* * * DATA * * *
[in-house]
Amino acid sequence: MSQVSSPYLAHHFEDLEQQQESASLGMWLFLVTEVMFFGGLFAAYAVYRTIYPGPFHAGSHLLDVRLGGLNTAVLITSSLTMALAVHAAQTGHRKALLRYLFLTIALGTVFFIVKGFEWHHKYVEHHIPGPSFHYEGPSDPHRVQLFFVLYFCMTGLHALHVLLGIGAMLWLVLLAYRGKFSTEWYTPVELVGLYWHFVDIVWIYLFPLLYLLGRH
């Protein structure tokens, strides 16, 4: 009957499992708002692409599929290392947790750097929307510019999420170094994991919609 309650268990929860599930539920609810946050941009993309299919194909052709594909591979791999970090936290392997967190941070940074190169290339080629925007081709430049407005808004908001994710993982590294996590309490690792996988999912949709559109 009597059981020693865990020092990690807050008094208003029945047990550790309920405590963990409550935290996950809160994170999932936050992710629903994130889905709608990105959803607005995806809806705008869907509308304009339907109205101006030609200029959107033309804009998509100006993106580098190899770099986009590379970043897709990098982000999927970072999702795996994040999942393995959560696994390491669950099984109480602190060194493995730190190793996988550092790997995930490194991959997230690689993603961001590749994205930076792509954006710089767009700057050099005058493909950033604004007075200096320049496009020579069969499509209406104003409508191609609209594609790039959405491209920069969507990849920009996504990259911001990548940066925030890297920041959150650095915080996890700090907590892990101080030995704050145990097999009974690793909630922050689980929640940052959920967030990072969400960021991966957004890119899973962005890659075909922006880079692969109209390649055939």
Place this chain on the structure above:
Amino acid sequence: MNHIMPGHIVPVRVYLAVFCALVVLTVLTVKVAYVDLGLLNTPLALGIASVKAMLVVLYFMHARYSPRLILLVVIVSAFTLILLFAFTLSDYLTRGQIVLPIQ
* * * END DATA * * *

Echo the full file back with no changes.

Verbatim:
[in-house]
Amino acid sequence: MSQVSSPYLAHHFEDLEQQQESASLGMWLFLVTEVMFFGGLFAAYAVYRTIYPGPFHAGSHLLDVRLGGLNTAVLITSSLTMALAVHAAQTGHRKALLRYLFLTIALGTVFFIVKGFEWHHKYVEHHIPGPSFHYEGPSDPHRVQLFFVLYFCMTGLHALHVLLGIGAMLWLVLLAYRGKFSTEWYTPVELVGLYWHFVDIVWIYLFPLLYLLGRH
């Protein structure tokens, strides 16, 4: 009957499992708002692409599929290392947790750097929307510019999420170094994991919609 309650268990929860599930539920609810946050941009993309299919194909052709594909591979791999970090936290392997967190941070940074190169290339080629925007081709430049407005808004908001994710993982590294996590309490690792996988999912949709559109 009597059981020693865990020092990690807050008094208003029945047990550790309920405590963990409550935290996950809160994170999932936050992710629903994130889905709608990105959803607005995806809806705008869907509308304009339907109205101006030609200029959107033309804009998509100006993106580098190899770099986009590379970043897709990098982000999927970072999702795996994040999942393995959560696994390491669950099984109480602190060194493995730190190793996988550092790997995930490194991959997230690689993603961001590749994205930076792509954006710089767009700057050099005058493909950033604004007075200096320049496009020579069969499509209406104003409508191609609209594609790039959405491209920069969507990849920009996504990259911001990548940066925030890297920041959150650095915080996890700090907590892990101080030995704050145990097999009974690793909630922050689980929640940052959920967030990072969400960021991966957004890119899973962005890659075909922006880079692969109209390649055939």
Place this chain on the structure above:
Amino acid sequence: MNHIMPGHIVPVRVYLAVFCALVVLTVLTVKVAYVDLGLLNTPLALGIASVKAMLVVLYFMHARYSPRLILLVVIVSAFTLILLFAFTLSDYLTRGQIVLPIQ